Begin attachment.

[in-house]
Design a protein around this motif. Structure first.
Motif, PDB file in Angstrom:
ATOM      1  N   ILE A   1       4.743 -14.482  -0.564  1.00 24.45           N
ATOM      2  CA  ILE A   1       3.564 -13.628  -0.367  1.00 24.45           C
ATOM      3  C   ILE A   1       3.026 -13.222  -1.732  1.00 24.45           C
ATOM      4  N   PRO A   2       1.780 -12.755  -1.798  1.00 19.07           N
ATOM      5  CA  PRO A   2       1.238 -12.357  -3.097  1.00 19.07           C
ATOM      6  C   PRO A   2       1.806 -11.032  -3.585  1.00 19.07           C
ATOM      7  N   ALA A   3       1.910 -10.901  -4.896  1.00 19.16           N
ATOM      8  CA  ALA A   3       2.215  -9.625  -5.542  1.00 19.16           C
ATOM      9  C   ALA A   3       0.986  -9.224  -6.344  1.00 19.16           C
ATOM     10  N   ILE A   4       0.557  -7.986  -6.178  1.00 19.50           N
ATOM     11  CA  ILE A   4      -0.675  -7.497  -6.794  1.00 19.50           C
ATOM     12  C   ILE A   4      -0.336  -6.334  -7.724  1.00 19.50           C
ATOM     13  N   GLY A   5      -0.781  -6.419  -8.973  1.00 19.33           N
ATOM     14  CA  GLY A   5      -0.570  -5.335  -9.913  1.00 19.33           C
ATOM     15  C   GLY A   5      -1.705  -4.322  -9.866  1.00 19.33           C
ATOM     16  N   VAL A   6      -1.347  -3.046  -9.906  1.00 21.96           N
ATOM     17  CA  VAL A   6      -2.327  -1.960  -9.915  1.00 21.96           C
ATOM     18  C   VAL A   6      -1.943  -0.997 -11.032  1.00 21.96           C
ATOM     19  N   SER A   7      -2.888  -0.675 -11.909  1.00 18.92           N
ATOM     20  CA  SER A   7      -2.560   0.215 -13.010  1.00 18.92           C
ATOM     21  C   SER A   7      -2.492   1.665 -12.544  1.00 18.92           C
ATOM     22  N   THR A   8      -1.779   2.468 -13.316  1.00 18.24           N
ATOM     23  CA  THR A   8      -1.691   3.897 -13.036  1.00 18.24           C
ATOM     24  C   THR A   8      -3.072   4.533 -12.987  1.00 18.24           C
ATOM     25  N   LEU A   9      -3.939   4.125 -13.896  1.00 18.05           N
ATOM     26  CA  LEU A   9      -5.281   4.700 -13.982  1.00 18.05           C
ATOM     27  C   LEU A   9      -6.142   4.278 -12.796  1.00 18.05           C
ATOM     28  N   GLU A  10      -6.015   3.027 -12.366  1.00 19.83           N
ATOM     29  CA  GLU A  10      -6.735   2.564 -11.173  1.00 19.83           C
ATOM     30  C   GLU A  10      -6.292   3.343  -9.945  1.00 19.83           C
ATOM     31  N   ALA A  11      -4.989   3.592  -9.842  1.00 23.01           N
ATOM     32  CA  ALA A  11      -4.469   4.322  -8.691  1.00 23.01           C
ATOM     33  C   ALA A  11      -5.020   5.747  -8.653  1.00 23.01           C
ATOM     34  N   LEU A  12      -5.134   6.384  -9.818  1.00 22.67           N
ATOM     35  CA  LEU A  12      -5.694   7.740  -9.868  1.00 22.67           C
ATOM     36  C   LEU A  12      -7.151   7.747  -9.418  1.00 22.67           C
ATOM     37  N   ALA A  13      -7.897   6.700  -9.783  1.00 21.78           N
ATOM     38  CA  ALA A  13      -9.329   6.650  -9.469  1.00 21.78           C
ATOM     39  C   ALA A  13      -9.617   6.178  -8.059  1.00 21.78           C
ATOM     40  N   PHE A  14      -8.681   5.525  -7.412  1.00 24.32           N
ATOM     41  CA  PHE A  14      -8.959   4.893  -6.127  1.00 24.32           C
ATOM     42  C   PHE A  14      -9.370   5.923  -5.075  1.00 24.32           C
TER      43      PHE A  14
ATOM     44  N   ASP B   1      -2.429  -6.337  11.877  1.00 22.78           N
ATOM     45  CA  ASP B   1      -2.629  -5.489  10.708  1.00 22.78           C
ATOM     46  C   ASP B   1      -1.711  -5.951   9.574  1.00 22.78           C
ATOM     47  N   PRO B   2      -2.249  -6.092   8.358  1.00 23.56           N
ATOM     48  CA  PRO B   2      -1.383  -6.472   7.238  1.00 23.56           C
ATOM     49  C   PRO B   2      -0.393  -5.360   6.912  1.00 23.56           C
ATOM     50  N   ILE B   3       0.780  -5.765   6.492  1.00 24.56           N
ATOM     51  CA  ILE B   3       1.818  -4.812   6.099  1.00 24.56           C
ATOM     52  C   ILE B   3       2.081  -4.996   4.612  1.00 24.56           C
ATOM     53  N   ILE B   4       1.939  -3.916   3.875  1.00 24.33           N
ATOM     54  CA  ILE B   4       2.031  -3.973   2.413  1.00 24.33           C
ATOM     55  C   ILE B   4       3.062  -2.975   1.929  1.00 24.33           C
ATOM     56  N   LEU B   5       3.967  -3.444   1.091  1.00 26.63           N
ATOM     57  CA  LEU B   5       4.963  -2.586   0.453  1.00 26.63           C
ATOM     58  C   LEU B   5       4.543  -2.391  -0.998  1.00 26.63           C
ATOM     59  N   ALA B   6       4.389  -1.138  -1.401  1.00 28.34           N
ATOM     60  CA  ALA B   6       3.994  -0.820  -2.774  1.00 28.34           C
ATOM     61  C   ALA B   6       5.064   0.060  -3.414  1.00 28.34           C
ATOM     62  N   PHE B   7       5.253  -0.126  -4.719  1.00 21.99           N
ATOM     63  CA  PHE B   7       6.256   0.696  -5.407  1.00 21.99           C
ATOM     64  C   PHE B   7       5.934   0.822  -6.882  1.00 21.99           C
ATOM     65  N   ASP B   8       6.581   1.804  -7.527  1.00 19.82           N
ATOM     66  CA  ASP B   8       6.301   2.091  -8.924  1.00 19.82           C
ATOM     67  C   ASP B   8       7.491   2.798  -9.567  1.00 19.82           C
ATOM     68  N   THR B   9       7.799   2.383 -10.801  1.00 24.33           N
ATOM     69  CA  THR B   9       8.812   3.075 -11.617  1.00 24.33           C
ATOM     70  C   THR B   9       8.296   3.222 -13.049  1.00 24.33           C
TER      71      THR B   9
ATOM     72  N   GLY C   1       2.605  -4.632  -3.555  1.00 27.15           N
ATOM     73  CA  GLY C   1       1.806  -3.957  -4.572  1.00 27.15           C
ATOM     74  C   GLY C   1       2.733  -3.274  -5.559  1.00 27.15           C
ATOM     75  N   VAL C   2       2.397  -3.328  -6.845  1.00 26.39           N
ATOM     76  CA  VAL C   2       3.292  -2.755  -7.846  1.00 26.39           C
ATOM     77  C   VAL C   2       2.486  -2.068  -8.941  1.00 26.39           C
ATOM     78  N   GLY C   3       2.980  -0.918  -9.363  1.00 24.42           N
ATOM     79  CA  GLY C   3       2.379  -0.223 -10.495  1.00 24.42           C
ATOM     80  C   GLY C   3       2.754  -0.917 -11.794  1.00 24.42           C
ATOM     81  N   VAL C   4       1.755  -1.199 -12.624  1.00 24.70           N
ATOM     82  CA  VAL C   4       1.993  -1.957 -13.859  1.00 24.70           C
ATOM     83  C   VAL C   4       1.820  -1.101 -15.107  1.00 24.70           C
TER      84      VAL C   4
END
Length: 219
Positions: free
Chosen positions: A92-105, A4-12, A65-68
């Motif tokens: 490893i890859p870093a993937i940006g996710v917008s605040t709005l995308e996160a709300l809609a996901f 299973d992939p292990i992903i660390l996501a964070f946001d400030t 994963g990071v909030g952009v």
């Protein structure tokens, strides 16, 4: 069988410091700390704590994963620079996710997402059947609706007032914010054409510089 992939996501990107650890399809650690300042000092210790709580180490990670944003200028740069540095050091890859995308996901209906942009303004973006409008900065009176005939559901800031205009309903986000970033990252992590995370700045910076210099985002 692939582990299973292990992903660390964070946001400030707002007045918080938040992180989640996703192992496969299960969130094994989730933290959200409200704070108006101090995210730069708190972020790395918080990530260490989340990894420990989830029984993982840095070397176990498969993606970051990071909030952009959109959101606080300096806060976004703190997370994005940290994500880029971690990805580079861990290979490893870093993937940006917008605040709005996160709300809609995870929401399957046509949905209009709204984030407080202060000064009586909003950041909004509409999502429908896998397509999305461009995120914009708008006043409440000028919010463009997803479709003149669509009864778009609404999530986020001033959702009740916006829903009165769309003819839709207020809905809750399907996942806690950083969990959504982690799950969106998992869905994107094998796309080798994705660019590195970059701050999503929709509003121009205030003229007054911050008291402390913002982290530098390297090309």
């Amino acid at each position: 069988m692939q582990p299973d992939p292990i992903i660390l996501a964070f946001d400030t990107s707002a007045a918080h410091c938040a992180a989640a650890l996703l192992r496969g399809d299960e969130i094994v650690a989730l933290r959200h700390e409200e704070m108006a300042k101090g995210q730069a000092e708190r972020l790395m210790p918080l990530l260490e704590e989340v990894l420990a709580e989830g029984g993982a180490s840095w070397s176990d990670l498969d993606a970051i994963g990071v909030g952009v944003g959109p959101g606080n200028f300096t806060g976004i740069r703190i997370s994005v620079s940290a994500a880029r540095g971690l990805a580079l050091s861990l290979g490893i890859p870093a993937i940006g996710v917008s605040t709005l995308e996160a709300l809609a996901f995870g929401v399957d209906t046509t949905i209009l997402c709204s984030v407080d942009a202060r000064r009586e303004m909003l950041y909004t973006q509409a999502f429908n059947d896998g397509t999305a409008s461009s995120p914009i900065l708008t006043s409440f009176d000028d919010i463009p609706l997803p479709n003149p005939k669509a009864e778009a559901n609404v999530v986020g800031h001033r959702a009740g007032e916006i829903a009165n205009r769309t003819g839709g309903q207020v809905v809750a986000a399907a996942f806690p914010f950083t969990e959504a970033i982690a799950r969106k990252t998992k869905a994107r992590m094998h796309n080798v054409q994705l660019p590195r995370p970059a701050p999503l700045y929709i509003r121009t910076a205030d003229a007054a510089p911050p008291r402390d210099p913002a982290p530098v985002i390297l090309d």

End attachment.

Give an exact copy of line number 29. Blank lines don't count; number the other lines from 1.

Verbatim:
ATOM     26  CA  LEU A   9      -5.281   4.700 -13.982  1.00 18.05           C